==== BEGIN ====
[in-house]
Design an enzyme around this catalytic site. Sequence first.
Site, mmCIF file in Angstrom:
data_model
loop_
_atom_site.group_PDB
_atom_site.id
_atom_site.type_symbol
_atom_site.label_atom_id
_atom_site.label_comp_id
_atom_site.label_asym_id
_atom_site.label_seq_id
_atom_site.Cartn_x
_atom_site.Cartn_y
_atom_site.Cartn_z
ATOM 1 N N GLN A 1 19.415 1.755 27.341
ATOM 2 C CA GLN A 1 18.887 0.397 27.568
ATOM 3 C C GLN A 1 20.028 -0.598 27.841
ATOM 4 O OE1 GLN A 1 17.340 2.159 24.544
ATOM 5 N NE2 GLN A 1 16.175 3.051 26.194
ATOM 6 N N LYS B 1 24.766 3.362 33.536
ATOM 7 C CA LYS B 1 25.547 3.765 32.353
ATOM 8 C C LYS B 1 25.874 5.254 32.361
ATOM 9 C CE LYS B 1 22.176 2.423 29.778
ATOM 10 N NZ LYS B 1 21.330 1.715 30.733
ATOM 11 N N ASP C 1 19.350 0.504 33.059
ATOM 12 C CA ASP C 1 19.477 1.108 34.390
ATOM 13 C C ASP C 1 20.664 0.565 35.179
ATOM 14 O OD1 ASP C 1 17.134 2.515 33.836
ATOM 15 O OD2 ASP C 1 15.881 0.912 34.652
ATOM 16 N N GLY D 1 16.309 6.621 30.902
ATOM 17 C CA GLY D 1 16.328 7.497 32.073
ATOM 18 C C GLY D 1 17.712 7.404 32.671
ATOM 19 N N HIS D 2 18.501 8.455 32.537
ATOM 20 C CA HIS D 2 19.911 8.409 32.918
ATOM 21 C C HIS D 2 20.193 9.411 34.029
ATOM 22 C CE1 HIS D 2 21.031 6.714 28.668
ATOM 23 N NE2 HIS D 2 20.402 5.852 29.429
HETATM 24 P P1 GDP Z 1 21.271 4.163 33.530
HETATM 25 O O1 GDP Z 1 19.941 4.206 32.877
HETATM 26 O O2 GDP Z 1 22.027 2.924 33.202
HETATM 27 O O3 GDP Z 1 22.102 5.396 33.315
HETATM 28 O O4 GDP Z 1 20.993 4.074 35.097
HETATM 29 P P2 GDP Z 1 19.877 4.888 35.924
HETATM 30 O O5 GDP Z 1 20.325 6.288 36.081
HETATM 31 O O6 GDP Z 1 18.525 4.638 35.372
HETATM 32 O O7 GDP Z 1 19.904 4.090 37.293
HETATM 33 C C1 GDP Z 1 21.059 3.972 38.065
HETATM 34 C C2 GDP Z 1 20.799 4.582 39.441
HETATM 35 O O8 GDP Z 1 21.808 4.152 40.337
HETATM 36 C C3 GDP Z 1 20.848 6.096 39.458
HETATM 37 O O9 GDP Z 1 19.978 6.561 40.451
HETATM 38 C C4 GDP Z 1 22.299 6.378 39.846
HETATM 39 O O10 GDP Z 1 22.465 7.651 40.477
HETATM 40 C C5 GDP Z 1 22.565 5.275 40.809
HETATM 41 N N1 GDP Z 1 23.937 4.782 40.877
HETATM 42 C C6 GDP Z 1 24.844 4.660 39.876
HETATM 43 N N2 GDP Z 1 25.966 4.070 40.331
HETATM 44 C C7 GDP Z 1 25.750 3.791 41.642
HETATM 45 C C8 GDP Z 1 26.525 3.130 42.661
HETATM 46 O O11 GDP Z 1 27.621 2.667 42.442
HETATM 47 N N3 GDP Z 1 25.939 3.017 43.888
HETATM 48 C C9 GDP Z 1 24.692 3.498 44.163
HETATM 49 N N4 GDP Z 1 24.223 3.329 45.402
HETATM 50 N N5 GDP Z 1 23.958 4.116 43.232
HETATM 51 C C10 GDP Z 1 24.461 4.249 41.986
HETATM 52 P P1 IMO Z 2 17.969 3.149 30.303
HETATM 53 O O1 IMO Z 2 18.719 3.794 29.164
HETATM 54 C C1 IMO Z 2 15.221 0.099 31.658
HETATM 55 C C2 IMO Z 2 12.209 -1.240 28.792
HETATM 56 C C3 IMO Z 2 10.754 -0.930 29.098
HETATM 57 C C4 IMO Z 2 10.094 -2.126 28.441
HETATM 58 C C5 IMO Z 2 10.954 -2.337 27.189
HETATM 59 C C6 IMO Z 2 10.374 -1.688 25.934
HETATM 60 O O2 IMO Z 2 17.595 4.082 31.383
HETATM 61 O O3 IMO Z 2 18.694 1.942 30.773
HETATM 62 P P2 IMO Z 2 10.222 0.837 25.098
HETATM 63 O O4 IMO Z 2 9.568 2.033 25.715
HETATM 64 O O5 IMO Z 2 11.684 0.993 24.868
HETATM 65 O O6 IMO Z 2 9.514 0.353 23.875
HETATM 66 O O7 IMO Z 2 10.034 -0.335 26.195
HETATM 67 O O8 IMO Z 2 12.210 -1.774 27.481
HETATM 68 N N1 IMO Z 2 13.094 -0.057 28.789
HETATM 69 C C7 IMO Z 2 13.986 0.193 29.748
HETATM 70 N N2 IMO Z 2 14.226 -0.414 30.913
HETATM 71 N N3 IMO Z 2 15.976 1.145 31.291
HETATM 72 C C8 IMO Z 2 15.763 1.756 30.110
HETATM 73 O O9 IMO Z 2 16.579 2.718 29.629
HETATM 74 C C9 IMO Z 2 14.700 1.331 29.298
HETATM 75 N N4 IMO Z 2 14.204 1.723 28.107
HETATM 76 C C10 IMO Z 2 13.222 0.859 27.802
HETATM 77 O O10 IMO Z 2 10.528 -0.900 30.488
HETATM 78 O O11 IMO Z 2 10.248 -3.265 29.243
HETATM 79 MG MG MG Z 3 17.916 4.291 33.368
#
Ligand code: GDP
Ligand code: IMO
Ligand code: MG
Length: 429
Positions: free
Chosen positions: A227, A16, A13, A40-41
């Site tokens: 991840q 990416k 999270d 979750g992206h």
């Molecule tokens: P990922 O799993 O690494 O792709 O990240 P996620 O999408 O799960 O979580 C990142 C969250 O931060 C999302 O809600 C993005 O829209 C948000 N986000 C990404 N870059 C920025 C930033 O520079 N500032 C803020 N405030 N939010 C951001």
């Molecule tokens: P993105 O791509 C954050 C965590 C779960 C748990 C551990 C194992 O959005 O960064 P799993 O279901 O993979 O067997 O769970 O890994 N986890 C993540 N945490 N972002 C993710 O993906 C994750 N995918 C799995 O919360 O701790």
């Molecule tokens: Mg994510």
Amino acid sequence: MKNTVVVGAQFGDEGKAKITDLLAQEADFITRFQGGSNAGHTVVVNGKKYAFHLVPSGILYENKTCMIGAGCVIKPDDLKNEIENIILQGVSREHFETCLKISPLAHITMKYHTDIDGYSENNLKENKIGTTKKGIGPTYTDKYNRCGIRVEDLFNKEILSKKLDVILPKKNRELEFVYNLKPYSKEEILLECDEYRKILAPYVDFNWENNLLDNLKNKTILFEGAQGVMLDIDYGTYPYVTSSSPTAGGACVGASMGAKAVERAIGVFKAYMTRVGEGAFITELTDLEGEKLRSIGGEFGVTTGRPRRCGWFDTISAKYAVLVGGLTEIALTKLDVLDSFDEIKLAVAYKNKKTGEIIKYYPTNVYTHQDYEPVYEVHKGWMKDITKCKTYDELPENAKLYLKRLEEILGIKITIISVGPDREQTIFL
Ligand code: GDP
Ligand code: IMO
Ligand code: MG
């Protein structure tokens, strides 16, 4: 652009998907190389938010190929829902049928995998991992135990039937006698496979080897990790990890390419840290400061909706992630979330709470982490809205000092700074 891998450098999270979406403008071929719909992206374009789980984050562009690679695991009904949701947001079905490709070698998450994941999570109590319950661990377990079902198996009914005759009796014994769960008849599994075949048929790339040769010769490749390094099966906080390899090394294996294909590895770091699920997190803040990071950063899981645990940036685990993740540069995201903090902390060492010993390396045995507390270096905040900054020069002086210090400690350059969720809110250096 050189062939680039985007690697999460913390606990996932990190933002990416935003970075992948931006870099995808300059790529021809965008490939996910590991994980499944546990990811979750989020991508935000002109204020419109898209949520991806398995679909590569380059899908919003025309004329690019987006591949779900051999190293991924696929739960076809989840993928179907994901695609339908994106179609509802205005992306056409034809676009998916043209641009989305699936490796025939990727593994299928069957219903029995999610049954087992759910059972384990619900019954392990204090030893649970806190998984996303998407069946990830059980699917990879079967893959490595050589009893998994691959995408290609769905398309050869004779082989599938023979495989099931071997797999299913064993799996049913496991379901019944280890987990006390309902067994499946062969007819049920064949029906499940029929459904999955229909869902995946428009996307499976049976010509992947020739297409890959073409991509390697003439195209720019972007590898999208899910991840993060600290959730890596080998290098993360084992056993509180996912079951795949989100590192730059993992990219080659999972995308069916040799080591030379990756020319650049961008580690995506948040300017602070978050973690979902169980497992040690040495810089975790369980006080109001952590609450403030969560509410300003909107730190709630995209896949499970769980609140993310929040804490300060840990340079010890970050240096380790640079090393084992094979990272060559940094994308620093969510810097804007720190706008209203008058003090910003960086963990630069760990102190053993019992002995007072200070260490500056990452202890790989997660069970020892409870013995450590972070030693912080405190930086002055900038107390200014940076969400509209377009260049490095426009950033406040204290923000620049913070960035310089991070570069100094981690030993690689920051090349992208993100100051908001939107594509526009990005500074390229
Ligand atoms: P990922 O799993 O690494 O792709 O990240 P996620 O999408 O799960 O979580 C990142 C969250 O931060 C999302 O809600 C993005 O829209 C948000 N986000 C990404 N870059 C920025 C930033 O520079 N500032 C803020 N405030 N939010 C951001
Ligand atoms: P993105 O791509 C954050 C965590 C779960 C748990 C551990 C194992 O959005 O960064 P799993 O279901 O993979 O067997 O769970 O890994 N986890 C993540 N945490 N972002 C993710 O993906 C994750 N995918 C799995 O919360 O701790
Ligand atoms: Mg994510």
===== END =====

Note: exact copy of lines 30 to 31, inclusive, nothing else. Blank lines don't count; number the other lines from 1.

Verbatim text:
ATOM 15 O OD2 ASP C 1 15.881 0.912 34.652
ATOM 16 N N GLY D 1 16.309 6.621 30.902